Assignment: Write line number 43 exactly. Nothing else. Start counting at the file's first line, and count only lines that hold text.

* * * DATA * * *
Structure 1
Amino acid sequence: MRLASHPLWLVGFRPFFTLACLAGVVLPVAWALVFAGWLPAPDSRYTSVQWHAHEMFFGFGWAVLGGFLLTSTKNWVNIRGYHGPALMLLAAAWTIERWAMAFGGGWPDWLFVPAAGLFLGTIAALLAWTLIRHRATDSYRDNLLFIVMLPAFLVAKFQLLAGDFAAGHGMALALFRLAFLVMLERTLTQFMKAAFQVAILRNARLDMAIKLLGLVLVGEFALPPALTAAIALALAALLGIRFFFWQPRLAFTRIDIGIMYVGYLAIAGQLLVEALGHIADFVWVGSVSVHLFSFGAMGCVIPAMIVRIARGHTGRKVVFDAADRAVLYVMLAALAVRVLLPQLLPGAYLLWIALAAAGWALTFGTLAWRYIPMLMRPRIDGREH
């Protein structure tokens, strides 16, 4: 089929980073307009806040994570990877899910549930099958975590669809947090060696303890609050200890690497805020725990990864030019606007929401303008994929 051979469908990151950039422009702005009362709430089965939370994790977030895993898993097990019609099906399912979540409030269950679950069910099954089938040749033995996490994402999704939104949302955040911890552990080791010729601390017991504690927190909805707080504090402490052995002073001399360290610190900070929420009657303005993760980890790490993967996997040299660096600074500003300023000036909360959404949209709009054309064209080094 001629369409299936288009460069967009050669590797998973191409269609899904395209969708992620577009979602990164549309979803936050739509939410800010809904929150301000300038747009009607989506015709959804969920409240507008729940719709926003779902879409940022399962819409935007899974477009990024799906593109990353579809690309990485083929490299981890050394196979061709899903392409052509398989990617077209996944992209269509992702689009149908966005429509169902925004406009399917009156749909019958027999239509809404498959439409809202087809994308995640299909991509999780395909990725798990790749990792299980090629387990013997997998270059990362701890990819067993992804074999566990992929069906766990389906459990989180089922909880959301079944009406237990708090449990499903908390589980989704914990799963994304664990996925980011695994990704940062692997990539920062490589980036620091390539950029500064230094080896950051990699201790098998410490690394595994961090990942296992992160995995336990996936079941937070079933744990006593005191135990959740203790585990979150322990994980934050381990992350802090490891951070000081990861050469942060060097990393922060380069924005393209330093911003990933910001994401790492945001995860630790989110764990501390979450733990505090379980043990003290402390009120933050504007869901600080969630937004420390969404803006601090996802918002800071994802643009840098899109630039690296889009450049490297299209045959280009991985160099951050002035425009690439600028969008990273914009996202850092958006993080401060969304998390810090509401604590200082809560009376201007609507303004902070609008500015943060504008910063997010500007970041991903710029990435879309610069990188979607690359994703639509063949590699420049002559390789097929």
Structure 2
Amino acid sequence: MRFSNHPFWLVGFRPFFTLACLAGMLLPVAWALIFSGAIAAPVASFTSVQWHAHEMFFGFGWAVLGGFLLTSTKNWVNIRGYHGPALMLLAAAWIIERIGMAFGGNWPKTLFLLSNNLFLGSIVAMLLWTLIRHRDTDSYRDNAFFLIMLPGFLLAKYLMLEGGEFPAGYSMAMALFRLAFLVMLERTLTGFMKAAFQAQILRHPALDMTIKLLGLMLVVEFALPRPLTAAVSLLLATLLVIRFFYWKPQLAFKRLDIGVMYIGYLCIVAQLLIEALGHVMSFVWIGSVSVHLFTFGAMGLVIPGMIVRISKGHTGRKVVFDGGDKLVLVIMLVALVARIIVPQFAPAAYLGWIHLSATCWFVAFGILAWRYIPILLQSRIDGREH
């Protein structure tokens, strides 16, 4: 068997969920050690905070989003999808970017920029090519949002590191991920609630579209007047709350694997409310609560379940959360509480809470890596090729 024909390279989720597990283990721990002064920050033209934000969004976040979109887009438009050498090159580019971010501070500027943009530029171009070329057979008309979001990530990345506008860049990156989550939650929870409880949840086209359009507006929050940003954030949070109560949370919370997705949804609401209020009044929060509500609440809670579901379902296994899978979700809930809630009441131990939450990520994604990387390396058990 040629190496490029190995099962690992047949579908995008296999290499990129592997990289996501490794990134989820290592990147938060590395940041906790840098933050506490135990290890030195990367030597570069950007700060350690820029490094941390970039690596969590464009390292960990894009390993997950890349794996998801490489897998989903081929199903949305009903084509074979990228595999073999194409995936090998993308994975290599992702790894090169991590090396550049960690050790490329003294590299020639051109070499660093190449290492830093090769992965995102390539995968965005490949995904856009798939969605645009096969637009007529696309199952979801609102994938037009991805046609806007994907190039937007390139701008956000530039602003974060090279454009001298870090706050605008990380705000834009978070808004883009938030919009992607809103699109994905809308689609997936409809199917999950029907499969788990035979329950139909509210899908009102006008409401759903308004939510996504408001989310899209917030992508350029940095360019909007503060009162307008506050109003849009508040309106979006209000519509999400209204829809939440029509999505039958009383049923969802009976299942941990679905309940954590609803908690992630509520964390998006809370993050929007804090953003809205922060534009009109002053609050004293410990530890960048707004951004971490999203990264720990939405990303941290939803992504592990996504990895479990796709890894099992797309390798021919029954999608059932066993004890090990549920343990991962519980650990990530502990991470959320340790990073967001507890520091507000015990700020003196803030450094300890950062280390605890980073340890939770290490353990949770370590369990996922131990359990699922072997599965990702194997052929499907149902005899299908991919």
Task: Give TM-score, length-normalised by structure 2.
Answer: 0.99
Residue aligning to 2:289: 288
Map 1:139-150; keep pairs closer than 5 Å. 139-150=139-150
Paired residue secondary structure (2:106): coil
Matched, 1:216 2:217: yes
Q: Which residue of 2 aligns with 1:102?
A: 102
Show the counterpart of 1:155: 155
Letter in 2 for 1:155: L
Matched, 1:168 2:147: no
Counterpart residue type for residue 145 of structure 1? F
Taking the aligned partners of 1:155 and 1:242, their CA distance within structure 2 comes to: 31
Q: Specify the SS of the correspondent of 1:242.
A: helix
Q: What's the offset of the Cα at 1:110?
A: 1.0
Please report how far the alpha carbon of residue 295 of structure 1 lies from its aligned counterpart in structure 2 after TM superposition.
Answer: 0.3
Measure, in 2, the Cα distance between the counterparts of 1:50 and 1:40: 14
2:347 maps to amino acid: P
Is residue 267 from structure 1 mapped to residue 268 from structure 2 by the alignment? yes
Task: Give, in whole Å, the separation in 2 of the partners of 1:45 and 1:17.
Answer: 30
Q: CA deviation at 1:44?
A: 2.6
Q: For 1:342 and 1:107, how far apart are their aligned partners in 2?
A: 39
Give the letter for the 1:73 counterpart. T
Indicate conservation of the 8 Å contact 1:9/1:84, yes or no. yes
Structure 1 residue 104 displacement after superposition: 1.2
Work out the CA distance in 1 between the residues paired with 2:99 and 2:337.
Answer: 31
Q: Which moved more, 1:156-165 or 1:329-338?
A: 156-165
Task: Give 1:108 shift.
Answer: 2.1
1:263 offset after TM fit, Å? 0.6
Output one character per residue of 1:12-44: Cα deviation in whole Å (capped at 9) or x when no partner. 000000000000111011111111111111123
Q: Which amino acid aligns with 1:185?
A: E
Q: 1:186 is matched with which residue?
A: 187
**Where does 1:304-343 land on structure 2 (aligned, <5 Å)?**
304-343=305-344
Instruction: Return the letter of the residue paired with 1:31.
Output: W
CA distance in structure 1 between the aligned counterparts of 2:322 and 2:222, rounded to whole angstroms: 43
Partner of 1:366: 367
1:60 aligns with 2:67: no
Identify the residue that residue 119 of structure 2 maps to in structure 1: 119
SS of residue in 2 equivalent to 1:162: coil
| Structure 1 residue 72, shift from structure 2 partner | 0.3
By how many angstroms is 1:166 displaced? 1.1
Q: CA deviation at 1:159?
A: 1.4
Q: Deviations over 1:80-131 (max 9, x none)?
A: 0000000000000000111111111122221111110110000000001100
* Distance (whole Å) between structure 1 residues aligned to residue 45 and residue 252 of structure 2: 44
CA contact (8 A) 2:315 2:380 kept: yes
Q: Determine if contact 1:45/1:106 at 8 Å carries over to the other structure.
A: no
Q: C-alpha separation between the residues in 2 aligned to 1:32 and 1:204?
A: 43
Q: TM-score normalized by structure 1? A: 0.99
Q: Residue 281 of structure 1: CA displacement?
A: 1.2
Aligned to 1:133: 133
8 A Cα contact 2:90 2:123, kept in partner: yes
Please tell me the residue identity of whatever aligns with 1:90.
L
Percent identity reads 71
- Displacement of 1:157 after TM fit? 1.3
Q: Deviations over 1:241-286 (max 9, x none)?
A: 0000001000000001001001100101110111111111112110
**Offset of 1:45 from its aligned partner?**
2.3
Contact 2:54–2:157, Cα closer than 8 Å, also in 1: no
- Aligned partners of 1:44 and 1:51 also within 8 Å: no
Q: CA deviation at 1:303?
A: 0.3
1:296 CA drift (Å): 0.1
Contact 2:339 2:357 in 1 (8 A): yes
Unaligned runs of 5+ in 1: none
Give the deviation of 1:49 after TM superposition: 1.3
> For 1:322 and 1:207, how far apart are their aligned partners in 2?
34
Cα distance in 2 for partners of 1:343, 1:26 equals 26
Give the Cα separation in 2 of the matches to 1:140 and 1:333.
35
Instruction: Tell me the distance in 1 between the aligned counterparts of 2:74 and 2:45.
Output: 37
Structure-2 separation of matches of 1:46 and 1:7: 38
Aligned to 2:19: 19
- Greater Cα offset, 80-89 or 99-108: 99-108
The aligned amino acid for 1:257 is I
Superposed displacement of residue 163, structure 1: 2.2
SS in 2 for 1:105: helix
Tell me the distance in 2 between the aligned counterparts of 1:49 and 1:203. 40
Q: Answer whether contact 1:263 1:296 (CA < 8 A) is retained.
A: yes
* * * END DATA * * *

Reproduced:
Answer: 2.1